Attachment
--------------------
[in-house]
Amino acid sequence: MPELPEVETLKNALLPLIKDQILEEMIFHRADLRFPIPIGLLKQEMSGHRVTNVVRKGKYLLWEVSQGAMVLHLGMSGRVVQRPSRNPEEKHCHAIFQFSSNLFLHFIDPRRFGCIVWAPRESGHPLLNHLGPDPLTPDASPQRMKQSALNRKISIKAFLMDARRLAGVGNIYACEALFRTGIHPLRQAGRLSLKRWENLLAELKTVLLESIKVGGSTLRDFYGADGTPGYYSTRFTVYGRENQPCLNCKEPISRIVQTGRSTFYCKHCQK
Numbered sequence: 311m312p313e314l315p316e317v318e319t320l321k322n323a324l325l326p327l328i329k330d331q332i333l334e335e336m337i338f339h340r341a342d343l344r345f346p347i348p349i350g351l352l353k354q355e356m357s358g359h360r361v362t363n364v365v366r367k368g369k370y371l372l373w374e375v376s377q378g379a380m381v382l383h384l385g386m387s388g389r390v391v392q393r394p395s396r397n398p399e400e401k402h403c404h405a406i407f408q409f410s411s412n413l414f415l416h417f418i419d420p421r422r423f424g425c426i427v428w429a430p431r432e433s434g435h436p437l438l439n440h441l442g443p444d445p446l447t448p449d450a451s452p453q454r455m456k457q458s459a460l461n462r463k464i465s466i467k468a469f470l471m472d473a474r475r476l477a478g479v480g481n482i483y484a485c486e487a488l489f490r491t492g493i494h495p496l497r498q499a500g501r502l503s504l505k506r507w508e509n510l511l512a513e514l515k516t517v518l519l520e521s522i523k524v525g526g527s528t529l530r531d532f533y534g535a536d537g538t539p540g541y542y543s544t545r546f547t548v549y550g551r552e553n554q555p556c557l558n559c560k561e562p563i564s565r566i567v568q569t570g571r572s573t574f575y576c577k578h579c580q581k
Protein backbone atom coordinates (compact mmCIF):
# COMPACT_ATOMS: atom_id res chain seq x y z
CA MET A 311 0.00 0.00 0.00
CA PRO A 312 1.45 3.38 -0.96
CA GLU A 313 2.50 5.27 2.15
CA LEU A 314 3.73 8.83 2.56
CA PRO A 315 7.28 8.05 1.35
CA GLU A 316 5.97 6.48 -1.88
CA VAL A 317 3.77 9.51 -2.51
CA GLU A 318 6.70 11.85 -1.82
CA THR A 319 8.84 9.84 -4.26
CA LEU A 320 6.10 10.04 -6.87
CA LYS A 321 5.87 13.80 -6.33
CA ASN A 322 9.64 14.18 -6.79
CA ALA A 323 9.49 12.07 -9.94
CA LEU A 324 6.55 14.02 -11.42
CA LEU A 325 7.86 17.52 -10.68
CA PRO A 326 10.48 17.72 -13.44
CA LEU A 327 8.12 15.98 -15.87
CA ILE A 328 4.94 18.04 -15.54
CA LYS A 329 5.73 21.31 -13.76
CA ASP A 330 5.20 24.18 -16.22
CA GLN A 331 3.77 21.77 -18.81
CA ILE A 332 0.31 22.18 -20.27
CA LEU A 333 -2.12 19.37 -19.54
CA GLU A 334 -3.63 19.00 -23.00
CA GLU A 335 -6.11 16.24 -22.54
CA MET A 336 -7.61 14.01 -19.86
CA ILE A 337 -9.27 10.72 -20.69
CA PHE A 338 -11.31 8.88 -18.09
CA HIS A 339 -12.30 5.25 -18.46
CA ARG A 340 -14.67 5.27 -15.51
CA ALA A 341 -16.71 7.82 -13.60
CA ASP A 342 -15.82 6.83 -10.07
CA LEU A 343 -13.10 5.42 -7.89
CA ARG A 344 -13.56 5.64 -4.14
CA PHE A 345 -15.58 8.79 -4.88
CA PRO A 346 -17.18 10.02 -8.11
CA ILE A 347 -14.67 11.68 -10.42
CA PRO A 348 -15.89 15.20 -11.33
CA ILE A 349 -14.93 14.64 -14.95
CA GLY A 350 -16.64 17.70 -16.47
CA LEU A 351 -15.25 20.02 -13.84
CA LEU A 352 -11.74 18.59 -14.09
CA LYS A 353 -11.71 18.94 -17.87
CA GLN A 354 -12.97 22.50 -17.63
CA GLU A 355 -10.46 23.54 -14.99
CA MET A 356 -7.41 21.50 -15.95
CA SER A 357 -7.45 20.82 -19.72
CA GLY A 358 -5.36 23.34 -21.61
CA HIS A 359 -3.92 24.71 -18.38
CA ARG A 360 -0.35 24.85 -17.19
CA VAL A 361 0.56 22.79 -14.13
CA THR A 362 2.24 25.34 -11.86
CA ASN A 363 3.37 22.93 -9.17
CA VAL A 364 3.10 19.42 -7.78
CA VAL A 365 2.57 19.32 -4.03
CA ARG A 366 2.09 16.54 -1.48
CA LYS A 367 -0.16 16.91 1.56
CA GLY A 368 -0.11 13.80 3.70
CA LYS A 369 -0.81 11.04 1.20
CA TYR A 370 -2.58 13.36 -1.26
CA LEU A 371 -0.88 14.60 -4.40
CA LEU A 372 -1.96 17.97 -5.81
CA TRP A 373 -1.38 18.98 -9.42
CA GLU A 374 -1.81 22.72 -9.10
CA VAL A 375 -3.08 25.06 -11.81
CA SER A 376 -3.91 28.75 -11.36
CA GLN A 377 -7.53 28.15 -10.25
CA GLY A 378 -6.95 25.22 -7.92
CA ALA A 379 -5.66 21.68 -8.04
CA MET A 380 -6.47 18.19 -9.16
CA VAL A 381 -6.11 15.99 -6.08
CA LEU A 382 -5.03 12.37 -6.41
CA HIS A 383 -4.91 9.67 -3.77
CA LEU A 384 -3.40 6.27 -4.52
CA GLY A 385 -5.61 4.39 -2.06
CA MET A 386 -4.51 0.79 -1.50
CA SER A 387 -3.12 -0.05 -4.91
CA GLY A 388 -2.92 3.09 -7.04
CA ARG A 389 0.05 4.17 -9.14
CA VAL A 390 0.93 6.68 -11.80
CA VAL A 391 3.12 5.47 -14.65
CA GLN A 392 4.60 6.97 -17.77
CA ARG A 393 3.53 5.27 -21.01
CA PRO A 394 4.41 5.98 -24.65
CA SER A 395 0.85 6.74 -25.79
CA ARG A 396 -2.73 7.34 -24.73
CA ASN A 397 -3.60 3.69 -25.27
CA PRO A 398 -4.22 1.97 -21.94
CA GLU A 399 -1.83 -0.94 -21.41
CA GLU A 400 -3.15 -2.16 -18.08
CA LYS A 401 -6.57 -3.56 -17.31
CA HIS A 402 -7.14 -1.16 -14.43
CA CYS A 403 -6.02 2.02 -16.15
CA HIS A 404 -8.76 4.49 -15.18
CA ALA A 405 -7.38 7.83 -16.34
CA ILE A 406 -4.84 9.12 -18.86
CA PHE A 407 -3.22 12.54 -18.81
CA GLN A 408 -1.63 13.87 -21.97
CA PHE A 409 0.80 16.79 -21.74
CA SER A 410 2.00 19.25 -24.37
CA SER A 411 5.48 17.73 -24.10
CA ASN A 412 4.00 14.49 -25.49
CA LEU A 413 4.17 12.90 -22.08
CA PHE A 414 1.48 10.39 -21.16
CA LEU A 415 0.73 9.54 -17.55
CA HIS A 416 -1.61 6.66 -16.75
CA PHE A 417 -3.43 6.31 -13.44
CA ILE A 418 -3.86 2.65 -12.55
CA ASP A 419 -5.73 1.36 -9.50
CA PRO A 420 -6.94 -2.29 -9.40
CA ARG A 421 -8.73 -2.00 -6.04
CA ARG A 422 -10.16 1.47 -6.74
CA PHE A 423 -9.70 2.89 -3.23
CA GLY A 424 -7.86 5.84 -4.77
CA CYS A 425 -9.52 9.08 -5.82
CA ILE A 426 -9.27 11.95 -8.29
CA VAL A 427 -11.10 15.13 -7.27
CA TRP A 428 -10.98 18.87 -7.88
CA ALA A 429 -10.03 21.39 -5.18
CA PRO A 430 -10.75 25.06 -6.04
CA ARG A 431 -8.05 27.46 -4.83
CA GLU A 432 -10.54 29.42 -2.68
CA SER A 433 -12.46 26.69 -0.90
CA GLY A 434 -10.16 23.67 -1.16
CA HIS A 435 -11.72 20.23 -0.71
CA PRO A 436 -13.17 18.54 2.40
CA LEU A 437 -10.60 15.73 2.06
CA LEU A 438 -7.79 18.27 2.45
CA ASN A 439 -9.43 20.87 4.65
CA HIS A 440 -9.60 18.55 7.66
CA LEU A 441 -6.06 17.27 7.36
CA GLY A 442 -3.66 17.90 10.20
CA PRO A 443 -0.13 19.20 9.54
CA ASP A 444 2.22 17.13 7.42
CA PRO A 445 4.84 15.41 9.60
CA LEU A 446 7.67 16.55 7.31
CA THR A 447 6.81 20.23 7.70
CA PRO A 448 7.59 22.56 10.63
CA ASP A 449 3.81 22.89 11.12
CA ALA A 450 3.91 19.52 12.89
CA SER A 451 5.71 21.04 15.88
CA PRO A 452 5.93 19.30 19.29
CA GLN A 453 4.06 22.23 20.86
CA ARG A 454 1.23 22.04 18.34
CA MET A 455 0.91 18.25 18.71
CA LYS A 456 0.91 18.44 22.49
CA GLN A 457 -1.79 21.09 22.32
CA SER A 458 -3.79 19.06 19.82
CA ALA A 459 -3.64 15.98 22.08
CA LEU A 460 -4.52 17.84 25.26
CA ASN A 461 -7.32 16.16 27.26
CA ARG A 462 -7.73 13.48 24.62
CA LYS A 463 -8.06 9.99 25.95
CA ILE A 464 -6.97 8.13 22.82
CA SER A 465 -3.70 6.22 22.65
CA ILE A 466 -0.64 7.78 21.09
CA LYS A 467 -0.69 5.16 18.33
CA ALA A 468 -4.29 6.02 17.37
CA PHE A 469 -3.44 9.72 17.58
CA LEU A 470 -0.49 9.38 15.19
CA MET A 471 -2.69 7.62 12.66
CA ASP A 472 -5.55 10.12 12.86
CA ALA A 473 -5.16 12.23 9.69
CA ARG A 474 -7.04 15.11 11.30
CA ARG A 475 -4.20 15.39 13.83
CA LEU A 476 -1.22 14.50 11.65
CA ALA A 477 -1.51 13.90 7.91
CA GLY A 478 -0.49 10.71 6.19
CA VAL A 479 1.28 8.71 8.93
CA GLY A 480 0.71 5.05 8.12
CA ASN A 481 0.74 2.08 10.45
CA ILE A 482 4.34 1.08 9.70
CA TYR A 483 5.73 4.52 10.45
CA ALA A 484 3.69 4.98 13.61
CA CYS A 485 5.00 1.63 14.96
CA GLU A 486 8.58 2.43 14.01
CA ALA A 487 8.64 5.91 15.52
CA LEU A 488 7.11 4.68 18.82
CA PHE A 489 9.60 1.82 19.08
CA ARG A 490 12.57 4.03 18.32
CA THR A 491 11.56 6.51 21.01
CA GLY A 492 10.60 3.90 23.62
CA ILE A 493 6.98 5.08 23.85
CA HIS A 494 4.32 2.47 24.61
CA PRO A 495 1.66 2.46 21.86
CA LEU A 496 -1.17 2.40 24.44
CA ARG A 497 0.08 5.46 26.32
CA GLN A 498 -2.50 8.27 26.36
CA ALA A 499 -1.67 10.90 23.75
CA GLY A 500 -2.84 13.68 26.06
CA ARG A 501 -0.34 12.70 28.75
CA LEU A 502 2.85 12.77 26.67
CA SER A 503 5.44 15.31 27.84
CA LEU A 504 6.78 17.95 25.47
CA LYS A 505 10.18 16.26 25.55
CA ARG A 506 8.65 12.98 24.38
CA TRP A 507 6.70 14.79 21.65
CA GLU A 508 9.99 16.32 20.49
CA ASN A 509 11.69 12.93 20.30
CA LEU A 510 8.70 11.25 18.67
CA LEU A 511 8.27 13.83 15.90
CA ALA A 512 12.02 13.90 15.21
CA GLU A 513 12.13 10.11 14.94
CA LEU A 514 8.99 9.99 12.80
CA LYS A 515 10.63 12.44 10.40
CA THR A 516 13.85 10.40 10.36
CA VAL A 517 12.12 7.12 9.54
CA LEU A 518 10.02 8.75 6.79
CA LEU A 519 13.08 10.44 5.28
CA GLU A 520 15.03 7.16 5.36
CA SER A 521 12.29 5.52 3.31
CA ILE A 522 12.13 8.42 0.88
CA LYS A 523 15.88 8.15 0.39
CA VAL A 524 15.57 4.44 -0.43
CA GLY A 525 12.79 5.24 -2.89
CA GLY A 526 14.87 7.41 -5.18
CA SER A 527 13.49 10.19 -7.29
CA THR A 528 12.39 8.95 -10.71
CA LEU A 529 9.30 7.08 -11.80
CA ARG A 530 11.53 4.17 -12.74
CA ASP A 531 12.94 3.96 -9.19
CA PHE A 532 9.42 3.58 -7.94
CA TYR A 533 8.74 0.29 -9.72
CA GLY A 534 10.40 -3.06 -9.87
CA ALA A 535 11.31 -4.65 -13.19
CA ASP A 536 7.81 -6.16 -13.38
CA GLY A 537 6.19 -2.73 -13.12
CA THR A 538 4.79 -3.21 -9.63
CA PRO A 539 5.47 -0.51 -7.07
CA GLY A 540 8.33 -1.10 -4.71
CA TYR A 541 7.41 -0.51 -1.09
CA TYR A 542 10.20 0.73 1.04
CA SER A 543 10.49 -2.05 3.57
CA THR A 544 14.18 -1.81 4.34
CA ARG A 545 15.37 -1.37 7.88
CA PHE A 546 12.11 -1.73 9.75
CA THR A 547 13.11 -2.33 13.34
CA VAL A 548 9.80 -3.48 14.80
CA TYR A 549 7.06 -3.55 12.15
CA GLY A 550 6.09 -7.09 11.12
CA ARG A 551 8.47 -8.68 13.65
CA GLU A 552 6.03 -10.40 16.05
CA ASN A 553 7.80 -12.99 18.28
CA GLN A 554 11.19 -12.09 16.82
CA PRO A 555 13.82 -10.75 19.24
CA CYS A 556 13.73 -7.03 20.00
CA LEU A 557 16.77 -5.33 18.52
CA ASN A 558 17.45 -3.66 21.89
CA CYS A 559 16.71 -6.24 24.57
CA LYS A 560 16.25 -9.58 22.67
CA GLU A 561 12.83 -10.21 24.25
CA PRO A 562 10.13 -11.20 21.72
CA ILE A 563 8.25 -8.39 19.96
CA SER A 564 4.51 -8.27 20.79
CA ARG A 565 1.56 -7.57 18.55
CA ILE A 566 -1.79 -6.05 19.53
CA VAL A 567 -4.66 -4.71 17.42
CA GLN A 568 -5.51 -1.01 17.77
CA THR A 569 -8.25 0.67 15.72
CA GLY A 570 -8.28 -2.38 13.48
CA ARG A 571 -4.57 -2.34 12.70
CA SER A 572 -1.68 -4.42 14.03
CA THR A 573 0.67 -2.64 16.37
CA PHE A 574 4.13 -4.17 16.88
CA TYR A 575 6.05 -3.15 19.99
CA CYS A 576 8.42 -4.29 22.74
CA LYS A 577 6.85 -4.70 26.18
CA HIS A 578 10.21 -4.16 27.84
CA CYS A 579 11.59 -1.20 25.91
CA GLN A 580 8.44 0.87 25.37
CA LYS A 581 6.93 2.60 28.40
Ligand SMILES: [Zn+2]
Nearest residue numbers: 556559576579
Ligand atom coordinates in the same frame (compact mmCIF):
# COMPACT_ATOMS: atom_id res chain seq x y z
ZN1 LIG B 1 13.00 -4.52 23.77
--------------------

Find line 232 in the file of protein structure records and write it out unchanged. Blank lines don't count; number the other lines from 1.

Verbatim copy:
CA GLY A 537 6.19 -2.73 -13.12